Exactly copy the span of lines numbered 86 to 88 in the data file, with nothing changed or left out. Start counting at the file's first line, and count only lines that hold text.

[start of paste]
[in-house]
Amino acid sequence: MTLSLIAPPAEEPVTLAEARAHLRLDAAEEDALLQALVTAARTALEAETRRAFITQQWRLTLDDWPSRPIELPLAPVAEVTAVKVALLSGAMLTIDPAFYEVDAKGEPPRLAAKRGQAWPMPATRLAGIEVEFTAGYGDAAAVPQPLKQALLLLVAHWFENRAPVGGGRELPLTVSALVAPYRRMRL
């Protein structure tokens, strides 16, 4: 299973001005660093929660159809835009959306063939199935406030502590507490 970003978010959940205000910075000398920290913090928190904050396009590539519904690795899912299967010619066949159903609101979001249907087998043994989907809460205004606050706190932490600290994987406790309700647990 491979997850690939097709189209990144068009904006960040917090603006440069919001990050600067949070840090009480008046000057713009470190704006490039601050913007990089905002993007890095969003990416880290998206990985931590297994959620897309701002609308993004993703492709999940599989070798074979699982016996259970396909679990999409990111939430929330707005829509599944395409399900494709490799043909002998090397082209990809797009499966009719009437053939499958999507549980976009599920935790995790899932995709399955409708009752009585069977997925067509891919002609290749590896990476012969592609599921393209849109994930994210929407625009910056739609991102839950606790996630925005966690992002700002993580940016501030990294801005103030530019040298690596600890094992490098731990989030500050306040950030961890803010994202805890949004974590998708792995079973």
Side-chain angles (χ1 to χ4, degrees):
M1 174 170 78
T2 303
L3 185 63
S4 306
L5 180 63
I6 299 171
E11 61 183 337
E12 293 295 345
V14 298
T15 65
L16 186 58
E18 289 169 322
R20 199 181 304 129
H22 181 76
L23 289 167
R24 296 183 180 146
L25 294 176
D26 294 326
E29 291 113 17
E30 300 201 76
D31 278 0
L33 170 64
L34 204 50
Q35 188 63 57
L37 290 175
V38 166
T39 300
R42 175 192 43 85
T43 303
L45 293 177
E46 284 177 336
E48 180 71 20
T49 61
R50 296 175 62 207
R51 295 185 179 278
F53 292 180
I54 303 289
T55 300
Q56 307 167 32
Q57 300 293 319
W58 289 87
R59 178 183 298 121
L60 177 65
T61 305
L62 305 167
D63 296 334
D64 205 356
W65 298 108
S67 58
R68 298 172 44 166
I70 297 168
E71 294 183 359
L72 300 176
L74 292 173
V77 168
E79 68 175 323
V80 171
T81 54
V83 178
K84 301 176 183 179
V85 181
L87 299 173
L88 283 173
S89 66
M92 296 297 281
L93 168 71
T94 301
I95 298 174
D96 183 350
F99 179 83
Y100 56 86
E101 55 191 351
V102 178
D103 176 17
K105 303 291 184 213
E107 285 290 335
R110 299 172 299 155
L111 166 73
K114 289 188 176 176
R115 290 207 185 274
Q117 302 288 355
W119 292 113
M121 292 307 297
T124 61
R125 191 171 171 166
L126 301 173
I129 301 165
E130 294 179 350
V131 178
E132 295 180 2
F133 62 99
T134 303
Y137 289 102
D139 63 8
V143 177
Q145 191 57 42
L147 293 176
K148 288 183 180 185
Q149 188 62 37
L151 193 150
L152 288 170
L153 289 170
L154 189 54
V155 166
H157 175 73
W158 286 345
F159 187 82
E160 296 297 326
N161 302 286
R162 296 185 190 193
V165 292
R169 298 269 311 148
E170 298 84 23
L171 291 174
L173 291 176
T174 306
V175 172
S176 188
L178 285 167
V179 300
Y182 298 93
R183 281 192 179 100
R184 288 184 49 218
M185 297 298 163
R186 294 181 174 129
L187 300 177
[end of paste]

W119 292 113
M121 292 307 297
T124 61